The Not So Triumphant Return Of Poll Soup
Warning - The following post contains graphic information and poll numbers that may not be suitable for some Liberals. Reader discretion is advised.
With that out of the way, let's recap the four March polls:
Ekos (Feb 24 to Mar 8, n = 2488 auto dial)
Angus Reid (Mar 8 to Mar 9, n = 1021 online)
Leger (Mar 7 to Mar 10, n = 2153 online)
Ipsos (Mar 7 to Mar 9, n = 1002 phone)
RUNNING AVERAGE (change since December in brackets)
CPC: 37.7% (+1.6%)
Lib: 25.8% (-2.7%)
NDP: 16.4% (+0.8%)
BQ: 9.7% (-0.1%)
Green: 8.1% (-0.4%)
As a programming note, the average above is based on all polls (not just those listed here), taking into account:
-pollster accuracy (based on provincial and federal elections over the past 5 years)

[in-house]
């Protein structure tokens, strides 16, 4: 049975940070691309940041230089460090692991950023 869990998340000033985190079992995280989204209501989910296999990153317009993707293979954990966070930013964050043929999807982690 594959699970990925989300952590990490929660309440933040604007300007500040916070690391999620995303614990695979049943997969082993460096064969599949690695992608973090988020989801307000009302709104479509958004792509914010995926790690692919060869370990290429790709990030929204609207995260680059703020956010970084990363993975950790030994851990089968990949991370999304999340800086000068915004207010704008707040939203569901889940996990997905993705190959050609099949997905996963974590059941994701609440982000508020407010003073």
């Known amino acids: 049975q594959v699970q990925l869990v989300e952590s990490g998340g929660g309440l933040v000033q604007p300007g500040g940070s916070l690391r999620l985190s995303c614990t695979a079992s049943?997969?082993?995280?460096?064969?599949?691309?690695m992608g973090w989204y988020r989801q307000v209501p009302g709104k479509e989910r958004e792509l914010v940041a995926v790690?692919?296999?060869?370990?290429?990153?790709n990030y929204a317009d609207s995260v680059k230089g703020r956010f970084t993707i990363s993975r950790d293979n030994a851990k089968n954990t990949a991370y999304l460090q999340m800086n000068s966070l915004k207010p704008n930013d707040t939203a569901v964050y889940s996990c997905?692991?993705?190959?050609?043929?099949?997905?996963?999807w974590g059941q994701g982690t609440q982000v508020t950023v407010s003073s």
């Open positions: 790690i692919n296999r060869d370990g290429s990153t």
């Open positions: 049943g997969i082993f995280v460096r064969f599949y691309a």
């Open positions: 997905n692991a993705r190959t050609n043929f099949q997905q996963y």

-a 14 day half life (so a new poll is weighted twice as heavily as a 2-week old poll)
As the graph shows, we've definitely seen a widening of the Tory lead since January. To pinpoint it, I shrunk the poll halflife to 5 days and retroactively ran week-by-week averages:
As you can see, the gap really widens around early-to-mid February. Your guess is as good as mine as to the cause. The current theory I'm working on places most of the blame on Charlie Sheen.
So what does this all mean? Well, my seat projection formula gives the Tories an 85% chance at a majority, and projects the following seat ranges (at 95% confidence):
CPC: 148 to 178
LPC: 53 to 79
Bloc: 49 to 61
NDP: 17 to 31
Although the national vote numbers are largely in line with the last election result, the Tories get into majority territory because their support is up in Ontario (which means a dozen extra seats) and down in Quebec (which means a few less) and Alberta (which means zero less).
Now before anyone panics, keep in mind this is based on the polls we're seeing right now. Polls of a relatively unengaged electorate. The vote numbers will move during a campaign. The last three times the government changed in Canada, the party taking power trailed at the start of the campaign.